Okay, I only have limited time now, but I'll try to share a few thoughts on the "42 negative confessions" as they are commonly known.
First, they don't seem to be a very strong historical analog to the 10 commandments given at Mt. Sinai as they are not a "codified ethic" or written law. Instead, they seem to be a commonly used eulogy that declare how the individual tried to please Maat. (They also seem to be a bit less than honest, at that... "I have not committed sin.")
Another interesting thing I noticed is the directedness of the statements compared to those of the ten commandments.
The ten commandments are typically understood to have the first 4 commands relating to one's relationship with God and the final 6 relating to one's relationship with other people. I might make some argument that that the 4th (regarding the Sabath) could actually be a personal command for one's self based on Jesus' statements about the Sabath, but that's a longer discussion.
In contrast, the 42 confessions seem to have about 8 statements directed toward the gods, 21 statements regarding other people, and about 13 that seem to be regarding the individual whose eulogy it was.
The obvious thing someone might point out is that these people clearly had some idea of the general expectation for moral behavior (whether they actually followed them might be another issue). So, the 10 commandments aren't necessarily an entirely new concept. I would be inclined to agree, and the Bible itself also indicates that mankind knows the basic principles of morality without requiring any specific written law. In fact, this built-in conscience or sense of morality is one way that people can know there is a God. (Romans 2:12-16)+Keith Elias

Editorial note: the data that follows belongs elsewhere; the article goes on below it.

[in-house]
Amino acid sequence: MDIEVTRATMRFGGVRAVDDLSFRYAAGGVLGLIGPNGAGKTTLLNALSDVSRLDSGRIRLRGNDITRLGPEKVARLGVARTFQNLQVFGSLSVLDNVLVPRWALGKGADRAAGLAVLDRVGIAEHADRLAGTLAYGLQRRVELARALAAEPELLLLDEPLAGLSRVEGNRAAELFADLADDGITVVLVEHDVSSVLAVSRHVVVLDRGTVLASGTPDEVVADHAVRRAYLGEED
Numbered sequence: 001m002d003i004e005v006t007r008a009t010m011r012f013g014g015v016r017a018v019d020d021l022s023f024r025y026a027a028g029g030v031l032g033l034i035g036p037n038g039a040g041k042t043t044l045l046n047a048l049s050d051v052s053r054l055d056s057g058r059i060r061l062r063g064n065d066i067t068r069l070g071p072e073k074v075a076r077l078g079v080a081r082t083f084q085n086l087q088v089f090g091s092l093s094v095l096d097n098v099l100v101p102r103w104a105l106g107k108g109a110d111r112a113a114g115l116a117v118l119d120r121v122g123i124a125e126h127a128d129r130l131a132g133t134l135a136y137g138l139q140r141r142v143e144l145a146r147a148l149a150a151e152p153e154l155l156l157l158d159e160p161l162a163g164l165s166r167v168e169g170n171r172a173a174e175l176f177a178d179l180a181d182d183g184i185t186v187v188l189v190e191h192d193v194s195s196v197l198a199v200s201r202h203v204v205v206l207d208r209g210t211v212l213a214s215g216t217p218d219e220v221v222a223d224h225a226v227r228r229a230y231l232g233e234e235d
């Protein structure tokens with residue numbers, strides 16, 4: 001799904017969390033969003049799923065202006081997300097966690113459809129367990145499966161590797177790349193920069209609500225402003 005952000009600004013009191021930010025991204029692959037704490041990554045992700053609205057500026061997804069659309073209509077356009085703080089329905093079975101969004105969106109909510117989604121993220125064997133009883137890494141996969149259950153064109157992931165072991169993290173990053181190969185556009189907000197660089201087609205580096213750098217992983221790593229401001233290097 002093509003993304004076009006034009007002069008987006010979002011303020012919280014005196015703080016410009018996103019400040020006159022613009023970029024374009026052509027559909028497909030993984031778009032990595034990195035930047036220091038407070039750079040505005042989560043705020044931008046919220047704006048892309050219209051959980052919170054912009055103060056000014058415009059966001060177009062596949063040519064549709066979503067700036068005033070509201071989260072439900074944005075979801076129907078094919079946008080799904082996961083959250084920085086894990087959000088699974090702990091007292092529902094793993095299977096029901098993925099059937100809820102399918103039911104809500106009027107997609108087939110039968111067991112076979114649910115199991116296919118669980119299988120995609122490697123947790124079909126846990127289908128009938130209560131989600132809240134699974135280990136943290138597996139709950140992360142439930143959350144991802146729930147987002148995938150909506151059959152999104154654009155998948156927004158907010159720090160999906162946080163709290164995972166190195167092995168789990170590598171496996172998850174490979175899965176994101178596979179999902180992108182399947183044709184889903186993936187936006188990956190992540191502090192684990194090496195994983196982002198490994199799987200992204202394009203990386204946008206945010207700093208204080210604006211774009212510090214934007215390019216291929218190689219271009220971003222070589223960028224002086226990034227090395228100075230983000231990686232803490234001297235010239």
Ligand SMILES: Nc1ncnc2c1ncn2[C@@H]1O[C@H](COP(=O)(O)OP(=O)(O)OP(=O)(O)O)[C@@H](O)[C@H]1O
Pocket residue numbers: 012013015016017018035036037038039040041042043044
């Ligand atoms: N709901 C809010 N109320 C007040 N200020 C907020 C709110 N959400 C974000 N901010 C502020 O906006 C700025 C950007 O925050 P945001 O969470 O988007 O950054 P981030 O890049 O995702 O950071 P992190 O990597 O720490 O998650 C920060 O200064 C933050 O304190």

I'm no Egyptology expert, but I know that there is some amount of flux regarding the commonly accepted timelines due to better understanding of overlapping reigns, how they recorded history, etc. So, I'm not sure whether that date is correct or not, but assuming that time span (200 years) is correct, I don't find it very surprising according to biblical history. Within only around 100 years after the flood, God had to judge mankind again at Babel because of direct disobedience, and many scholars believe idol worship was already established at that time. Certainly, archaeology has confirmed that as society spread from that area, towers and polytheistic idol worship spread accordingly. Later in Israelite history, we see these seemingly schizophrenic rapid swings often. It seems Jeremiah was quite right when he wrote, "The heart is deceitful above all things, and desperately wicked: who can know it?" (Jeremiah 17:9 [KJV])